Discovery in Your Florida Divorce: Disclosing Information to Your Spouse
When you go through a divorce in the state of Florida, you must disclose certain types of information to your spouse, and vice versa. The process of gathering this information and providing it to your spouse is called discovery. The purpose of discovery is to ensure that there are no surprises in your divorce proceedings. The goal is to make the divorce process as transparent as possible in order to reach a fair and equitable resolution of all divorce-related matters.
Florida Family Law Rule 12.285 requires that parties to a contested divorce exchange certain types of information within certain timeframes, depending on the type of proceeding at issue. The parties must complete one of two financial affidavits, which differ based on the party’s gross annual income. Other required documents for disclosure are as follows:
- Federal and state income tax returns for the past year, along with W-2 and 1099 forms and other attachments
- Paycheck stubs or other evidence of earned income for the prior three months
- All deeds, promissory notes, and leases executed in the last three years
- Statements from all checking accounts for the last three months and statements from all other accounts for the last 12 months
- The most recent statement for any retirement, profit-sharing, deferred compensation, or pension plan
Rule 12.285 also requires that the parties submit a number of other financial documents to one another, to the extent that they exist in their particular case, such as any premarital or prenuptial agreements.
Discovery Tools for Hidden Assets
If you suspect that your spouse is not fully disclosing all assets or accounts, there are other discovery techniques that you can use in order to uncover these assets. For instance, interrogatories are written questions to your spouse that he or she must answer under oath and return to you within a 30-day time period. A request for production, on the other hand, asks for written documents in addition to those required for disclosure by Rule 12.285, such as appraisals and expert reports. Depositions involve the spouses and their attorneys gathering in front of a court reporter in order for the parties to answer questions related to the divorce under oath. While depositions can be very effective in determining how a spouse is likely to respond to a particular question at trial, they also can be expensive, in that you must pay a court reporter, often for several hours of time, and pay for a written transcript of the deposition.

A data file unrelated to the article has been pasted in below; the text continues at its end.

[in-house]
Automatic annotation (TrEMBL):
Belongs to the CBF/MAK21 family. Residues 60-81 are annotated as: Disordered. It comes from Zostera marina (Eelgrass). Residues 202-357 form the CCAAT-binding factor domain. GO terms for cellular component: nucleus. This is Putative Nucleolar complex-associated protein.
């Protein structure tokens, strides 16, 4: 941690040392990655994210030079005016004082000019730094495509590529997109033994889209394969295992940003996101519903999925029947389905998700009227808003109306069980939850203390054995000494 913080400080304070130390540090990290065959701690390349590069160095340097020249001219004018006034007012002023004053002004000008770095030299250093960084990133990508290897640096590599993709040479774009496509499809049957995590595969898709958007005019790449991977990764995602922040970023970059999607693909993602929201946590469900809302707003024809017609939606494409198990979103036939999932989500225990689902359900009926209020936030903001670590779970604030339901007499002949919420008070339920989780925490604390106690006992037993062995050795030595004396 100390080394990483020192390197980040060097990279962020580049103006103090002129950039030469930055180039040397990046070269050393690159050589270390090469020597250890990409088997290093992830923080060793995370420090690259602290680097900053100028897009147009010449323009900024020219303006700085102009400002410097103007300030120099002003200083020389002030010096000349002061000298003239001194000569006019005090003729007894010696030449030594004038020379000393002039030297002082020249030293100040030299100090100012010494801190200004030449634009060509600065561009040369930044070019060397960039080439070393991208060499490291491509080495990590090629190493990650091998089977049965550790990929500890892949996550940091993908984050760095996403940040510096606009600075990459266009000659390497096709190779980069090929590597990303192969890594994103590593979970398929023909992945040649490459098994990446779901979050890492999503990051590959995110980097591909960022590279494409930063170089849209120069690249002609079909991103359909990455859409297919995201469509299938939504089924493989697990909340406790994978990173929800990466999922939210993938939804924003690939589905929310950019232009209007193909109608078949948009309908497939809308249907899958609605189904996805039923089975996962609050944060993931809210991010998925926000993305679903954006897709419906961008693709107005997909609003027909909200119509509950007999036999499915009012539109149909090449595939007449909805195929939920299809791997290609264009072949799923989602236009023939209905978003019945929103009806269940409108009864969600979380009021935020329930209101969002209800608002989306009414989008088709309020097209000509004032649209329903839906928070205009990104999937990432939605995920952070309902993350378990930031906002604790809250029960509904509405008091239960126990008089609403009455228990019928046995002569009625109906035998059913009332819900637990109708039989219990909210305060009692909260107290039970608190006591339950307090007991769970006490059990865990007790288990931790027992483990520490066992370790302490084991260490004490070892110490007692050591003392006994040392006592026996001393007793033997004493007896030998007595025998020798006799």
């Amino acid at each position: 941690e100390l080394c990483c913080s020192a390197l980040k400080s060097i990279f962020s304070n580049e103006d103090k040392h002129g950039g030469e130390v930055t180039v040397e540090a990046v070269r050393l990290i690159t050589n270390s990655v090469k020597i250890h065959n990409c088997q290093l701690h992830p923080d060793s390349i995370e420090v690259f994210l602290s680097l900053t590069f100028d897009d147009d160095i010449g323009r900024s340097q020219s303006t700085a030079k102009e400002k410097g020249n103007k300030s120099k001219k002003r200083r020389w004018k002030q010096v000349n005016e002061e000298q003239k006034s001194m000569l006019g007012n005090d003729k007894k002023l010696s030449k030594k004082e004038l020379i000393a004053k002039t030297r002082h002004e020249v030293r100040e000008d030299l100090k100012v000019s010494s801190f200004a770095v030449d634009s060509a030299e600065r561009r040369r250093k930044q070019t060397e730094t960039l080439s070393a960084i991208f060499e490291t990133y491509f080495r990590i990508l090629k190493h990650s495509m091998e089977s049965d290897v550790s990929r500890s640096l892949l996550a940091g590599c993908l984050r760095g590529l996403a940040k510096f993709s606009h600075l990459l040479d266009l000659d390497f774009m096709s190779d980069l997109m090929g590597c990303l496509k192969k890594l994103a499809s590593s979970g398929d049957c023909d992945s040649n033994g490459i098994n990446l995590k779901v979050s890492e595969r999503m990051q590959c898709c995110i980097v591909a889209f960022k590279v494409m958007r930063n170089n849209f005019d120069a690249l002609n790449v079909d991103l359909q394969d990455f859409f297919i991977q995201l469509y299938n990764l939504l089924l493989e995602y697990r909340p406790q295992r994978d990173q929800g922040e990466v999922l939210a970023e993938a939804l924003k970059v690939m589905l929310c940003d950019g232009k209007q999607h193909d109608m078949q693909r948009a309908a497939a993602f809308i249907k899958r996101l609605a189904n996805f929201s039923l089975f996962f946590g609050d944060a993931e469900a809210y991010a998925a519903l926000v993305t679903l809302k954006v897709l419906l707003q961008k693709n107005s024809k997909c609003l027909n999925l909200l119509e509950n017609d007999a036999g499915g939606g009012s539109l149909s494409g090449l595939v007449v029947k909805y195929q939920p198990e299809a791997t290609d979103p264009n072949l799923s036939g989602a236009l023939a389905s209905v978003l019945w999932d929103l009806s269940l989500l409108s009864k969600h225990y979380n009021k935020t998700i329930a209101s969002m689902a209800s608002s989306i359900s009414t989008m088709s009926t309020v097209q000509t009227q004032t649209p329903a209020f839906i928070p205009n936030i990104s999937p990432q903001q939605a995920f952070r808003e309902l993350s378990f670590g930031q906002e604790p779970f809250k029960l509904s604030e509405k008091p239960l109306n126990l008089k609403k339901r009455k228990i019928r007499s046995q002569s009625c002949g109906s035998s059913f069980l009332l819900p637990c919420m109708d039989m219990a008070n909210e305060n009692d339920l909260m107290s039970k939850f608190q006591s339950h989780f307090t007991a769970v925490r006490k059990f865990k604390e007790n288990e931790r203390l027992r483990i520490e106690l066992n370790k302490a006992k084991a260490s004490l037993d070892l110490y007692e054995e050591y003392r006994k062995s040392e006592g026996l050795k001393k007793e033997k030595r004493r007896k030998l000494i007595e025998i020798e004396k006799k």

Call the Experienced Florida Divorce Attorney You Know and Trust
If you are headed toward divorce or separation from your spouse or partner, financial disclosure is a tedious, time-consuming, but absolutely necessary part of the legal proceedings. Due to the potential complexity of the discovery and mandatory disclosure process, you should be sure to seek the legal advice and guidance that only a skilled and knowledgeable Fort Lauderdale divorce lawyer can give you. Contact Vanessa L. Prieto Law Offices, LLC, today to set up a consultation.